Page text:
Money Talks: Banks Start to Offer Mobile Service on Cell Phones
The cell phone does it all: You can take pictures, send emails, play music and watch TV. Now, you can add banking to that list.
That's because some of the largest U.S. banks -- Bank of America, Citibank, Wachovia, Washington Mutual, Wells Fargo, and ING Direct – are launching mobile banking services that give you access to your accounts wherever you are.
Like regular online banking, the mobile service allows consumers to transfer funds, check balances, make bill payments, and look up branch locations from their mobile devices.
Though still in its infancy, banks are hoping the mobile service will catch on with consumers. Dan Schatt, a senior analyst at Celent, says banks see it as a way to keep customers and “generate more payment revenue down the line” as people get more comfortable with using mobile devices for their finances.
"The more services" the banks offer, says Asaf Buchner an analyst at JupiterResearch, "the less likely you are to quit your bank entirely."
Mobile banking is an obvious extension of online banking as cell phones get more powerful and begin to mimic computers. This week's launch of Apple's eagerly awaited iPhone is intensifying the push to have cell phones and other mobile devices do everything that a home computer does.
Works Two Ways
Mobile banking basically works two ways--either through the Web browser on your phone or special software that you download.
Bank of America and Wachovia both offer a browser-based service, which is a simplified version of the online site that fits within a cell phone and PDA screen. Any customer that has Internet access on their cell phone can log on to their accounts by typing the banks URL -- bofa.mobi or wachovia.mobi -- into their mobile browser.
Citi Mobile, which was launched last month, is a downloadable application. Customers need to log on to citi.com/citimobile on their computers and download Citi Mobile to their cell phones. The application then resides on the phone anytime you want to access your accounts.
ING Direct, which plans to launch its mobile banking later this year, will offer a browser-based service, as will Washington Mutual in early 2008. Wells Fargo is piloting both a downloadable application and a browser-based service for next year.
Apple's iPhone, which goes on sale Friday, will have a full Web browser like that on their home computer, so users will be able to do online banking whether or not their bank has created a mobile service.
To generate interest in the mobile service, banks and wireless providers are teaming up.
Wachovia has partnered with AT&T and Firethorn to have the bank's mobile service preinstalled in AT&T phones starting in the fourth quarter of 2007. AT&T customers who don't have Wachovia Mobile installed in their devices will be able to download the application from the Wachovia or AT&T website.
Schatt says that this type of partnership provides a “higher likelihood of consumers gravitating to” mobile banking, because it is already on the phone and they don’t have to search for it on their own. Analysts expect other banks and carriers to follow.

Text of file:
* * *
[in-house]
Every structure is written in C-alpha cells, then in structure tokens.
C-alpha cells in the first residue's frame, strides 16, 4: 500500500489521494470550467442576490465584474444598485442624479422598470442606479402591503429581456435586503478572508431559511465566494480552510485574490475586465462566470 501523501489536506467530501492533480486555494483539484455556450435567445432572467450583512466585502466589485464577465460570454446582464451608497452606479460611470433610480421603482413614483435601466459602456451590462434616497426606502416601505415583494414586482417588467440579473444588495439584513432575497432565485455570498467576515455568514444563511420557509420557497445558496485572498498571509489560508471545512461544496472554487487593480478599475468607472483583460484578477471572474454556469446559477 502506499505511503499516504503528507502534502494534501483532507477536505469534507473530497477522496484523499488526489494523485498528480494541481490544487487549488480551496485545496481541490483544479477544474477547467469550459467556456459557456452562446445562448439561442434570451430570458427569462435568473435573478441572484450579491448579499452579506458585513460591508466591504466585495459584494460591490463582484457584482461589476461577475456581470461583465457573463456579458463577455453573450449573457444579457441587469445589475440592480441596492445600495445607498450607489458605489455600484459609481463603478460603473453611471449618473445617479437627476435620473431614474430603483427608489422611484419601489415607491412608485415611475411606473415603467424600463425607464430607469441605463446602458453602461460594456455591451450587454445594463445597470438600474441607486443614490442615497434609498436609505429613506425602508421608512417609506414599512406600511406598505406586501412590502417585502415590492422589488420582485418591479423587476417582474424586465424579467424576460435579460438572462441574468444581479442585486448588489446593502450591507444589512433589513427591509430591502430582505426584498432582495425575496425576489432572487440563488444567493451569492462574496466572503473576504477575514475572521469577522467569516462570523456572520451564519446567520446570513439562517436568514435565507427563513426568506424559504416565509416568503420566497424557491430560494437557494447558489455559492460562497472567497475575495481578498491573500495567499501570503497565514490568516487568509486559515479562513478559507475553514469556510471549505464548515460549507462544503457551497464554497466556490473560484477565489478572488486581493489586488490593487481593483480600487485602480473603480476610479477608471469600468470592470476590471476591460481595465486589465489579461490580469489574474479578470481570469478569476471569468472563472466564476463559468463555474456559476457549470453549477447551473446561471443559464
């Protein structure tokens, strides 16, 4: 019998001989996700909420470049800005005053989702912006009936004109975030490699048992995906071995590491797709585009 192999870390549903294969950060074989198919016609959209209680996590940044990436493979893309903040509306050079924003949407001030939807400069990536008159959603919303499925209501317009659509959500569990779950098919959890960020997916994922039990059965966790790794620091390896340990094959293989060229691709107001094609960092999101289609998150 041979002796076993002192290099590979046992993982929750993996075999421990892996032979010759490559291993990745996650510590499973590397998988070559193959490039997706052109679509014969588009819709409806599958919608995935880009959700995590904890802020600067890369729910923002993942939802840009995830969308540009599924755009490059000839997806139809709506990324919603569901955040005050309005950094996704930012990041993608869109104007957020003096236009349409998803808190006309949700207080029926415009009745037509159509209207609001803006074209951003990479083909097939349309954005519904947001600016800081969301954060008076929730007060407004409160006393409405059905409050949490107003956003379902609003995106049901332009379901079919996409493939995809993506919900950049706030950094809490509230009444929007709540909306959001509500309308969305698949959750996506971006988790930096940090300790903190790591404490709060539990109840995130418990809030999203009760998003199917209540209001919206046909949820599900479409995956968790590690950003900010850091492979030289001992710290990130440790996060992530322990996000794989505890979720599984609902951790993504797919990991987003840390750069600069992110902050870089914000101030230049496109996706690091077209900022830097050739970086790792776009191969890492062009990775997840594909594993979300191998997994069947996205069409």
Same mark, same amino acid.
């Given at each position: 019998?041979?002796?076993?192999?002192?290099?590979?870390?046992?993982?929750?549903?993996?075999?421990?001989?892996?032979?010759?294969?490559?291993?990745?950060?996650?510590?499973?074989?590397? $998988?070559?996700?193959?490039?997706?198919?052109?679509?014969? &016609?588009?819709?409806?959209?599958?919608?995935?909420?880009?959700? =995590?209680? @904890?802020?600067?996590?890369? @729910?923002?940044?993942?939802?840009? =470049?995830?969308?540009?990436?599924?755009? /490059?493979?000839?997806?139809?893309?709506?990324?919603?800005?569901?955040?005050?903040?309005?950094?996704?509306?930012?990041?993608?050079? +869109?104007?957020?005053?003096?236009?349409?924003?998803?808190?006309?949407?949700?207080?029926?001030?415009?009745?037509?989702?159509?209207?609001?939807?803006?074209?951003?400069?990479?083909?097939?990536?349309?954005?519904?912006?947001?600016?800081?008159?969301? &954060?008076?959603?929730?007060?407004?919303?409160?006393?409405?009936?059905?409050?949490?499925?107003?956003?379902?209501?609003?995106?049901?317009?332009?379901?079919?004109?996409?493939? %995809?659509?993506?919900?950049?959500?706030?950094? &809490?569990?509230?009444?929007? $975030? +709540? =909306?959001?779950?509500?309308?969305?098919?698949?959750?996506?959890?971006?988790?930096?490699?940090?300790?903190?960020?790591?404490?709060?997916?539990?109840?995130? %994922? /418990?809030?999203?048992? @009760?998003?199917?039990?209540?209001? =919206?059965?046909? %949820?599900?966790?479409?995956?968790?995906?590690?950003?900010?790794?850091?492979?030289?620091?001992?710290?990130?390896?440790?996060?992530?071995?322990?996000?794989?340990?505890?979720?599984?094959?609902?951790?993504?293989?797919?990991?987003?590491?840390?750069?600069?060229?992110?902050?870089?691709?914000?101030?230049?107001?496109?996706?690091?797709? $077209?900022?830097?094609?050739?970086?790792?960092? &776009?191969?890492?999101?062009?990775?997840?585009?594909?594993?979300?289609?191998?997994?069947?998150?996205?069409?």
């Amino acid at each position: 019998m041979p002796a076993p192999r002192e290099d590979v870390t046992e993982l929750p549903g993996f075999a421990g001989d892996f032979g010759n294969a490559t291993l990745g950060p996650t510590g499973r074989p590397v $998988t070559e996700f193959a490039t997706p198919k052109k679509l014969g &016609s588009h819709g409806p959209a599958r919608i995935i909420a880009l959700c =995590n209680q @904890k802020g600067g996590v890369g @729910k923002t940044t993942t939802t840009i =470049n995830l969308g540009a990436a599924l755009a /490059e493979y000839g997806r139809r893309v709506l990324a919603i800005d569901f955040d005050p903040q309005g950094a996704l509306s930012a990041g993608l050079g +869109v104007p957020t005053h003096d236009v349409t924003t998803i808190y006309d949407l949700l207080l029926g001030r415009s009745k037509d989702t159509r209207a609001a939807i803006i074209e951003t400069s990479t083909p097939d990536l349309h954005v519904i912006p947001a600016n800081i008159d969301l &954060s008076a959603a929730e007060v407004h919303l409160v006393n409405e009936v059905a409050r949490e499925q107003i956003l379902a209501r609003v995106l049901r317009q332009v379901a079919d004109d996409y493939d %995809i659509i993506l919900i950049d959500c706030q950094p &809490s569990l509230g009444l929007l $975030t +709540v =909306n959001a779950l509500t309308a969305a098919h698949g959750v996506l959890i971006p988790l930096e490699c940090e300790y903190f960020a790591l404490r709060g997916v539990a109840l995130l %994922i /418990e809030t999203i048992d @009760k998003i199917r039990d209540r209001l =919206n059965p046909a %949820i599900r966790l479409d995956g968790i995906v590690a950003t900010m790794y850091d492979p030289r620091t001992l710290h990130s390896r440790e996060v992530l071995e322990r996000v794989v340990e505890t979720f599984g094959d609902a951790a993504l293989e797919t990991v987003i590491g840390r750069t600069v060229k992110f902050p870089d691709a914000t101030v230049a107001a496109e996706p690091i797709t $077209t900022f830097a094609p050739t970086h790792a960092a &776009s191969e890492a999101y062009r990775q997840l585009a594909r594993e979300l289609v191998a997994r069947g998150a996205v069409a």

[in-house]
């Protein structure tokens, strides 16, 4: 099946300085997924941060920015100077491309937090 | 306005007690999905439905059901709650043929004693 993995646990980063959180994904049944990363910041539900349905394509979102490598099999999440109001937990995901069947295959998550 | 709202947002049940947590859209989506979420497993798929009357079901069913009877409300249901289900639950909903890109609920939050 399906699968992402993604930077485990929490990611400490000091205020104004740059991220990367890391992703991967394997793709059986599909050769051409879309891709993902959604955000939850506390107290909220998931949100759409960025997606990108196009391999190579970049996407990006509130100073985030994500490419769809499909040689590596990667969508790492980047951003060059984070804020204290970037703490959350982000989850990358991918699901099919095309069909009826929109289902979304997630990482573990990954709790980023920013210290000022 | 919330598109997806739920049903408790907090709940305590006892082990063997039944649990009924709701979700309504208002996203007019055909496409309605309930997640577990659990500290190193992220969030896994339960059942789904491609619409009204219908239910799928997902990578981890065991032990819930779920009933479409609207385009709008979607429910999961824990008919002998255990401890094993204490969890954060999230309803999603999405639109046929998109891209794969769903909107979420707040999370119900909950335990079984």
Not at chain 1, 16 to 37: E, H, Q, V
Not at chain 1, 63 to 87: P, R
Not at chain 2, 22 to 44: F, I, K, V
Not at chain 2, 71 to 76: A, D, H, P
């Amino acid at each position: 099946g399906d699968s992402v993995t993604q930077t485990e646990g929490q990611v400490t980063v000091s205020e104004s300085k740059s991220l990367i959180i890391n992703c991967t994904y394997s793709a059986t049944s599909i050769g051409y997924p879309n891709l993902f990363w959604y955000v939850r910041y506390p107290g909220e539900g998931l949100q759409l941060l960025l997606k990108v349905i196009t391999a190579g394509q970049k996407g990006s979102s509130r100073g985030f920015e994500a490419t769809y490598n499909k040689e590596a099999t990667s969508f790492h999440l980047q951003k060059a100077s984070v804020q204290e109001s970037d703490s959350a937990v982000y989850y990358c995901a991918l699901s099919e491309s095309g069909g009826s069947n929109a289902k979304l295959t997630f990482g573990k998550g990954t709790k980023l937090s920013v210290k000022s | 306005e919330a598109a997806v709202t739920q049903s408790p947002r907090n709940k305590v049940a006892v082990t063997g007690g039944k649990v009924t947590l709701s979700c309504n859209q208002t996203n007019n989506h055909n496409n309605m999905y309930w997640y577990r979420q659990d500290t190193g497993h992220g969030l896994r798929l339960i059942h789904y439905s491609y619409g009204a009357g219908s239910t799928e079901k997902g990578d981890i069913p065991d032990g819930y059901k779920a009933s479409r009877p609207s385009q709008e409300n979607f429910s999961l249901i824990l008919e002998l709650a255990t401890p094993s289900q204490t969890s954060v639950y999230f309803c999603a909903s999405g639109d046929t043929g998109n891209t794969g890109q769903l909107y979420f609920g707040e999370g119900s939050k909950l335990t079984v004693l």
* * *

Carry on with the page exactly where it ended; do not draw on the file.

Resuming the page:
One drawback for mobile banking users is the fees. Even though banks are not charging for their service, carriers do charge for accessing data through their phone. Carriers typically charge by each kilobyte they use to access data. Customers can select instead to pay a monthly fee to use an unlimited amount of data – a price that varies depending on the carrier and type of phone you use. AT&T, for example, charges $19.99 a month for unlimited data usage, according to their website.
Some customers may also be hesitant to sign up for mobile banking because of security concerns. The banks say that their mobile service will have the same strict log ins and security available to their online banks. Mfoundry, the company that built the Citi Mobile application, says that if a customer looses their cell phone they can call Citibank and the entire application will be deleted from the phone. Firethorn said their applications would have a similar function.
Extending Mobile Banking
Banks are hoping to extend mobile banking as technology improves.
Citibank has two ongoing cell phone trials. The first is a partnership with MasterCard, AT&T, and Nokia that places chips in cell phones allowing Citi debit and credit to make payments by waving the cell phone at a participating store’s register.
Citi’s other pilot is with Obopay that lets debit and credit customers transfer money between mobile phones. Analysts say even more revenue is possible in the coming years when more functions are added to cell phones like international transfers, and booking travel arrangements.
While mobile banking is relatively new, the service has shown some traction with customers. Citi Mobile says it had more subscribers than expected while the service was being piloted around the country in the spring. Wachovia Mobile says their service has been getting about 50,000 unique visitors a week since its launch.
Celent predicts that by the end of 2010, 35% of all online banking households will be using mobile banking.
"It's not a matter of if" mobile banking will take off, says Bob Egan, chief analyst at TowerGroup, "it's a matter of when."
Joseph Pisani is a news associate at CNBC.com. He can be reached at firstname.lastname@example.org.